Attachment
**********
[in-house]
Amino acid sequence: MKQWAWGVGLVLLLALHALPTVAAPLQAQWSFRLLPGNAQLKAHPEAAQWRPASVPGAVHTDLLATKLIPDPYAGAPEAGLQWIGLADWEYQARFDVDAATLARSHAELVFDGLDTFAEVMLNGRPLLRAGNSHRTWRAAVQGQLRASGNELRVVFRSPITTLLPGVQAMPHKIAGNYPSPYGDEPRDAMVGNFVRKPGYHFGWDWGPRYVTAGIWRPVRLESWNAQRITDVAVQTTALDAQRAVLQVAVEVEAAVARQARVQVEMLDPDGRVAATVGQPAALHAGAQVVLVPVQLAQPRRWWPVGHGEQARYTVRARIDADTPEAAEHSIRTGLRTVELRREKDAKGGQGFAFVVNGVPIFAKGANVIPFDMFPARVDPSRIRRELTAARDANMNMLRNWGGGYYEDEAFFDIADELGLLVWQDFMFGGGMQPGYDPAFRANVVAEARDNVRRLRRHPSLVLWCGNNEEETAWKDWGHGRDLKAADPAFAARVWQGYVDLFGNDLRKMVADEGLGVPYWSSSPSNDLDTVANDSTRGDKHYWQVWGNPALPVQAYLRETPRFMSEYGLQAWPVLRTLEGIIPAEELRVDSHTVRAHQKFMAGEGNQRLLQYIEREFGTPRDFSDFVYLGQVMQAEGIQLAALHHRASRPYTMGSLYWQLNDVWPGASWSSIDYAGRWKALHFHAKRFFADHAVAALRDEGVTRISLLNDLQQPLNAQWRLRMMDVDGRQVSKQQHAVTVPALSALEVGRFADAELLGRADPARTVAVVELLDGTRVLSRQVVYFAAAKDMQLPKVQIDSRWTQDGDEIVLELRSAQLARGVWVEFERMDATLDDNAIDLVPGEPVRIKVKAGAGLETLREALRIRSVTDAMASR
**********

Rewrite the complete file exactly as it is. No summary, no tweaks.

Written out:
[in-house]
Amino acid sequence: MKQWAWGVGLVLLLALHALPTVAAPLQAQWSFRLLPGNAQLKAHPEAAQWRPASVPGAVHTDLLATKLIPDPYAGAPEAGLQWIGLADWEYQARFDVDAATLARSHAELVFDGLDTFAEVMLNGRPLLRAGNSHRTWRAAVQGQLRASGNELRVVFRSPITTLLPGVQAMPHKIAGNYPSPYGDEPRDAMVGNFVRKPGYHFGWDWGPRYVTAGIWRPVRLESWNAQRITDVAVQTTALDAQRAVLQVAVEVEAAVARQARVQVEMLDPDGRVAATVGQPAALHAGAQVVLVPVQLAQPRRWWPVGHGEQARYTVRARIDADTPEAAEHSIRTGLRTVELRREKDAKGGQGFAFVVNGVPIFAKGANVIPFDMFPARVDPSRIRRELTAARDANMNMLRNWGGGYYEDEAFFDIADELGLLVWQDFMFGGGMQPGYDPAFRANVVAEARDNVRRLRRHPSLVLWCGNNEEETAWKDWGHGRDLKAADPAFAARVWQGYVDLFGNDLRKMVADEGLGVPYWSSSPSNDLDTVANDSTRGDKHYWQVWGNPALPVQAYLRETPRFMSEYGLQAWPVLRTLEGIIPAEELRVDSHTVRAHQKFMAGEGNQRLLQYIEREFGTPRDFSDFVYLGQVMQAEGIQLAALHHRASRPYTMGSLYWQLNDVWPGASWSSIDYAGRWKALHFHAKRFFADHAVAALRDEGVTRISLLNDLQQPLNAQWRLRMMDVDGRQVSKQQHAVTVPALSALEVGRFADAELLGRADPARTVAVVELLDGTRVLSRQVVYFAAAKDMQLPKVQIDSRWTQDGDEIVLELRSAQLARGVWVEFERMDATLDDNAIDLVPGEPVRIKVKAGAGLETLREALRIRSVTDAMASR